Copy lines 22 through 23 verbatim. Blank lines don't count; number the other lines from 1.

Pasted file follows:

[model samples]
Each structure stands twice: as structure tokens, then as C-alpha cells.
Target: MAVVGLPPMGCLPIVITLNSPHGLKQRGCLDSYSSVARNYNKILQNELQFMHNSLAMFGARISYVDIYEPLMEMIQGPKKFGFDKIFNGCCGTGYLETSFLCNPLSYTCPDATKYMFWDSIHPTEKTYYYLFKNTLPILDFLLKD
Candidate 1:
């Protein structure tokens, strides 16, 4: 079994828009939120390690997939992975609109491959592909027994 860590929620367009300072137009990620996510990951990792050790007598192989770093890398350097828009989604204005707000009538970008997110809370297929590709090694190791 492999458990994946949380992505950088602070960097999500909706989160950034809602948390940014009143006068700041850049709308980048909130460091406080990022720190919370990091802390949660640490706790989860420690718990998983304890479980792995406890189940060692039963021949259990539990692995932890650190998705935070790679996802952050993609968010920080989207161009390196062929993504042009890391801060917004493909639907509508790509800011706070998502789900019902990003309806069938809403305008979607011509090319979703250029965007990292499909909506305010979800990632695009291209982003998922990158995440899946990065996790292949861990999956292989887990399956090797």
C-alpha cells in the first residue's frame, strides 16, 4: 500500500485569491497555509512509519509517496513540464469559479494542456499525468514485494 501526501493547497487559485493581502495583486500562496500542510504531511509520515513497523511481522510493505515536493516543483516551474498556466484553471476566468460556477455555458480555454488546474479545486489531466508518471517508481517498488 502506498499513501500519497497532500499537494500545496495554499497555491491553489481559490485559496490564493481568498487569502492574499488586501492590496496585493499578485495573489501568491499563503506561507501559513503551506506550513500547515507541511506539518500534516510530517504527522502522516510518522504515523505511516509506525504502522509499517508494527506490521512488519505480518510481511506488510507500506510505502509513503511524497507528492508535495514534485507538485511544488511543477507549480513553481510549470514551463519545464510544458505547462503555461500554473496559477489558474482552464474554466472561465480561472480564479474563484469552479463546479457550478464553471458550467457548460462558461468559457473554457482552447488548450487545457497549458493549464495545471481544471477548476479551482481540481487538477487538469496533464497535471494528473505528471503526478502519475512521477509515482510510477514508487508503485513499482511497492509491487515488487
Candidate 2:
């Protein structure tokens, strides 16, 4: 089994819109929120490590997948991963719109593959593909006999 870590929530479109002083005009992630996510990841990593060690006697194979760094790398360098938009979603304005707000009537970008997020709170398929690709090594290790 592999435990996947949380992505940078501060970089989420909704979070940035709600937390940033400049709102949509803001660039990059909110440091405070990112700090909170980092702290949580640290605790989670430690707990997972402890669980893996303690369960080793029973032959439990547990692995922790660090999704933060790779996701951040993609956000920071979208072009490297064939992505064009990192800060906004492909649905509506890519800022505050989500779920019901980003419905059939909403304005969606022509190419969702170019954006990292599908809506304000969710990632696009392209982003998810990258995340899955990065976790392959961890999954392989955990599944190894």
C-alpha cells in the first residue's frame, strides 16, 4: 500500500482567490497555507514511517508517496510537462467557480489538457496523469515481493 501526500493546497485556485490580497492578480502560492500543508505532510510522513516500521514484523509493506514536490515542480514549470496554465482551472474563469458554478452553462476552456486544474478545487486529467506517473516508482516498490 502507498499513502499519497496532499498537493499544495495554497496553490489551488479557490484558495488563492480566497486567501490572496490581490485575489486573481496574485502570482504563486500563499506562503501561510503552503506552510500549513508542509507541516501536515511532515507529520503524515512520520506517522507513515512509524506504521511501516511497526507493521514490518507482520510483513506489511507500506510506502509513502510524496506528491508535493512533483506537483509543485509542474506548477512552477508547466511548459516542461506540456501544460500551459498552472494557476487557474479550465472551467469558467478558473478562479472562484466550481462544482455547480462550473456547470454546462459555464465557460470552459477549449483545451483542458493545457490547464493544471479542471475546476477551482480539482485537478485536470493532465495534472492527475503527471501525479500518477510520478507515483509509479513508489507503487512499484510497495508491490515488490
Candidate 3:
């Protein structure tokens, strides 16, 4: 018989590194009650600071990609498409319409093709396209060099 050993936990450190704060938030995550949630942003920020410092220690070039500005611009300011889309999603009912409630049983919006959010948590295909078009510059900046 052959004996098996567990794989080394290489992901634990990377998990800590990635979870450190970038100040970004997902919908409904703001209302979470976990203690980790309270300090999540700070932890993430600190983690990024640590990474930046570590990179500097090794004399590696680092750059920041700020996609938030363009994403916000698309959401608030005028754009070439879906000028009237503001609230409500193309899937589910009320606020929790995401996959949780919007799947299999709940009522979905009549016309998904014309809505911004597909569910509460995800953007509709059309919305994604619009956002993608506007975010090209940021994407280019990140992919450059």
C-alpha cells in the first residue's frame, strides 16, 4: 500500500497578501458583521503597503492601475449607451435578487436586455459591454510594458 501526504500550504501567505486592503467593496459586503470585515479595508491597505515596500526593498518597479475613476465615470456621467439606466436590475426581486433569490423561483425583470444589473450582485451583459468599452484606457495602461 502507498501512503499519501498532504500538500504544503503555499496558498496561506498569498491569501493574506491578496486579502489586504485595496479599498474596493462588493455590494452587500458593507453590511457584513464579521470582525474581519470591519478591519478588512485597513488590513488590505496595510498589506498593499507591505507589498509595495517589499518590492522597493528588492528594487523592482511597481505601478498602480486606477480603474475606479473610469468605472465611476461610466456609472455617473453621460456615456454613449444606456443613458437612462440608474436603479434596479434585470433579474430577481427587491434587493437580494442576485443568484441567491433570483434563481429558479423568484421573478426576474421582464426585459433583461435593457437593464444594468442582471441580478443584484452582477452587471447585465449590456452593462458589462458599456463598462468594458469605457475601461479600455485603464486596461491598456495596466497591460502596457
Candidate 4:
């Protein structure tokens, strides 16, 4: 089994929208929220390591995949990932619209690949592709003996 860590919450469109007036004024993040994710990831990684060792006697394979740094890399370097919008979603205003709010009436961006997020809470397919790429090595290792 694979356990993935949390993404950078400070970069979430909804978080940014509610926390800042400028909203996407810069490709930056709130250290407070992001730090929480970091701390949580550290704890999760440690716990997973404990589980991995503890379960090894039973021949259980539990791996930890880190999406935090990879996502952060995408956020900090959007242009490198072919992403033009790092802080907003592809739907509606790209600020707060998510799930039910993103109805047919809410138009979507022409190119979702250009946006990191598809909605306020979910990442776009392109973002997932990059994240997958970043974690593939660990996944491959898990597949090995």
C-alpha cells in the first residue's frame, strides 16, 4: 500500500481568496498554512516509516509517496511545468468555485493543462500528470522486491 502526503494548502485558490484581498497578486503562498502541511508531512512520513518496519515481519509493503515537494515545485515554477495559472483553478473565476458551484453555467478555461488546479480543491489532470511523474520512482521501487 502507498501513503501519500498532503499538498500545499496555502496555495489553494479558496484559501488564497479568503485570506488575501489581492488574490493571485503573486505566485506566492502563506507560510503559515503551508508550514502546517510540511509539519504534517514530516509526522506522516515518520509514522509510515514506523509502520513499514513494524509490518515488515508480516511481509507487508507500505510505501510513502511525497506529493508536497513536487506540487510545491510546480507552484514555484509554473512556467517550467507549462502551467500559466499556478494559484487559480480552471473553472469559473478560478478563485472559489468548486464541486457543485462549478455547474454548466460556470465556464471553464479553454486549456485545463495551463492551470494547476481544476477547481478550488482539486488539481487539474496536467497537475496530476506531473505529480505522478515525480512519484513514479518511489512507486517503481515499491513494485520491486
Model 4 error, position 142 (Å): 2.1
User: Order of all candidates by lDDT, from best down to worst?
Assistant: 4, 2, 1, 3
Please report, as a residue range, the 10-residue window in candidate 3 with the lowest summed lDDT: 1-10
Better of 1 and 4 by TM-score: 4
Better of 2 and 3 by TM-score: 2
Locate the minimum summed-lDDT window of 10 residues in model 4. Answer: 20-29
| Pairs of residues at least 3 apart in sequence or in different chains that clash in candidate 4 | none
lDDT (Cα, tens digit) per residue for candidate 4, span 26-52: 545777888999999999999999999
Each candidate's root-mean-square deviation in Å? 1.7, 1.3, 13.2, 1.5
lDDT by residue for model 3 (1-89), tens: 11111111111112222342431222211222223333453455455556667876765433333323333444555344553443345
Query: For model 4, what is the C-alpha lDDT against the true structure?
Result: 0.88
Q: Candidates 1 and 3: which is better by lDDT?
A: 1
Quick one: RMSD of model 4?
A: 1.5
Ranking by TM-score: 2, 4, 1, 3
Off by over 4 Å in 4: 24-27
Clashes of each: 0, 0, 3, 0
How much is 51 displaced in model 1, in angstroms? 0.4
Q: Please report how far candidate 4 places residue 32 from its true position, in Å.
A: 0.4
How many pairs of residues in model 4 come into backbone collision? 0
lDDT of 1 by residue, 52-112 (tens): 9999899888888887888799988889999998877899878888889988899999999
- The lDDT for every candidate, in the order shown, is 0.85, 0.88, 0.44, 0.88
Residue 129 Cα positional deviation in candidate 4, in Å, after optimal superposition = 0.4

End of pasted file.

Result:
Locate the minimum summed-lDDT window of 10 residues in model 4. Answer: 20-29
| Pairs of residues at least 3 apart in sequence or in different chains that clash in candidate 4 | none